Australia‘s prime minister has apologised for going on holiday during devastating, historic bush fires which have recently killed two firefighters and sparked mass protests across the country.
Scott Morrison cut short his family holiday in Hawaii after two volunteer firefighters, Geoffrey Keaton, 32, and Andrew O’Dwyer, 36, died fighting blazes in Sydney when a tree fell and caused a vehicle they were travelling in to roll off the road.
The two men, both fathers to 19-month-old children, died at the scene while three other firefighters were injured and taken to hospital. New South Wales premier Gladys Berejiklian said the injured firefighters were in a stable condition.
It comes as Australia has seen particularly fierce wildfires which have caused unprecedented air pollution in Sydney, devastated wildlife and sparked widespread public anger, with protests around the country in reaction to the crisis.
This was fuelled this week by Mr Morrison going on leave, adding to criticism that his government is failing to deliver adequate climate change policies. However, Mr Morrison has promised to cut short his family holiday and return to Sydney on Saturday.
He said: “I deeply regret any offence caused to any of the many Australians affected by the terrible bushfires by my taking leave with family at this time.
“I have been receiving regular updates on the bushfires disaster as well as the status of the search for and treatment of the victims of the White Island tragedy.”
Mr Morrison said the two firefighters were “bravely defending their communities with an unmatched spirit and a dedication that will forever set them apart among our most courageous Australians”.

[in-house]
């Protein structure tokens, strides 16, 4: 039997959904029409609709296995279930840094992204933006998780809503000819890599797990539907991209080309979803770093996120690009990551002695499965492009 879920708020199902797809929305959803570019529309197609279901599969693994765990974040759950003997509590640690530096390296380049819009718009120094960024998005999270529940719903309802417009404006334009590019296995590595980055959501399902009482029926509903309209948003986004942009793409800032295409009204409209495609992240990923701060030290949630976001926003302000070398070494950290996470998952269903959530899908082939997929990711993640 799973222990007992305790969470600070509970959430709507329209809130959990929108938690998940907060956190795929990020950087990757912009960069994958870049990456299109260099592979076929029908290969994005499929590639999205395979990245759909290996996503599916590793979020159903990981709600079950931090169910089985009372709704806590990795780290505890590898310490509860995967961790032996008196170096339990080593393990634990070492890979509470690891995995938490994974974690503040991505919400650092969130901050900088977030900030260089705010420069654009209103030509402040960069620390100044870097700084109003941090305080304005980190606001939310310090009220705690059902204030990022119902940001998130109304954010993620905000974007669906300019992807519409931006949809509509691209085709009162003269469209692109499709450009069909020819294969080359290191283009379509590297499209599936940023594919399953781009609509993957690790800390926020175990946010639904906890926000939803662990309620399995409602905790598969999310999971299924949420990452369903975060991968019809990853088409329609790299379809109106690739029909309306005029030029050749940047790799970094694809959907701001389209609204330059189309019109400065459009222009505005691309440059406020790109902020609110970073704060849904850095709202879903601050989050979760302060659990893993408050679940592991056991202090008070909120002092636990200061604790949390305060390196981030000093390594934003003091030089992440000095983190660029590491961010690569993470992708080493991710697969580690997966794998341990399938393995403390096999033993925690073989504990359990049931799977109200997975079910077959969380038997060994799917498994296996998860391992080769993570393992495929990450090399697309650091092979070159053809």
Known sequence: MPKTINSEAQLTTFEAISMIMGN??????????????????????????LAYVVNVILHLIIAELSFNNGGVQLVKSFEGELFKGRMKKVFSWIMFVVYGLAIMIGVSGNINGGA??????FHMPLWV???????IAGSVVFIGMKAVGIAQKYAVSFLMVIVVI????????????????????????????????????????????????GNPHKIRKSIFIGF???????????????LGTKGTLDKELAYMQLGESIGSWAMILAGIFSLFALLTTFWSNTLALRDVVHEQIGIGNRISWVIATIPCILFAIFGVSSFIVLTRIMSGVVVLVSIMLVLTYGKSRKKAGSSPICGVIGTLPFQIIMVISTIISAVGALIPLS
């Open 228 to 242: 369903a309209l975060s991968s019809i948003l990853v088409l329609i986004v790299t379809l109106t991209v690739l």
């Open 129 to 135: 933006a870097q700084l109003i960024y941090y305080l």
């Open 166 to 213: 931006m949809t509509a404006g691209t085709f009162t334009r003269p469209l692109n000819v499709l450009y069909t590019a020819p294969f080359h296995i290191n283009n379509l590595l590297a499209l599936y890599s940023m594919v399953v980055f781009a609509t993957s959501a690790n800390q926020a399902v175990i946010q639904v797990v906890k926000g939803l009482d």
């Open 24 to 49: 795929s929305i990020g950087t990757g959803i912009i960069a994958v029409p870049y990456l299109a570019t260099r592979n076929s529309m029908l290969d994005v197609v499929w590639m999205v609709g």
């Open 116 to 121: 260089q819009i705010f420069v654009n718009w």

He added: “Their sacrifice and service saving lives and saving properties will be forever remembered. I wish those injured all the best in their recovery.”
Rural Fire Service Commissioner Shane Fitzsimmons spent the night consoling families of the victims.
He said: “To not be coming home after their shift is a tremendous grief and I applaud the families and the loved ones for their remarkable comprehension of what’s been unfolding.”
The Rural Fire Service said up to 40 houses could be destroyed south-west of Sydney.
Cooler conditions provided desperately needed relief on Friday, but scorching temperatures are forecast at the weekend with Sydney’s western suburbs tipped to reach 45C.
New South Wales declared a seven-day state of emergency on Thursday as around 2,000 firefighters battle 100 wildfires across the state.
Around 7.4 million acres of land has burnt nationwide during a torrid past few months, with six people killed and more than 800 homes destroyed.
The annual Australian fire season, which peaks during the Southern Hemisphere summer, started early after an unusually warm and dry winter.
The Bureau of Meteorology said Wednesday was the hottest day on record in Australia with an average of 41.9C, beating the landmark set a day earlier by one degree.
Additional reporting by agencies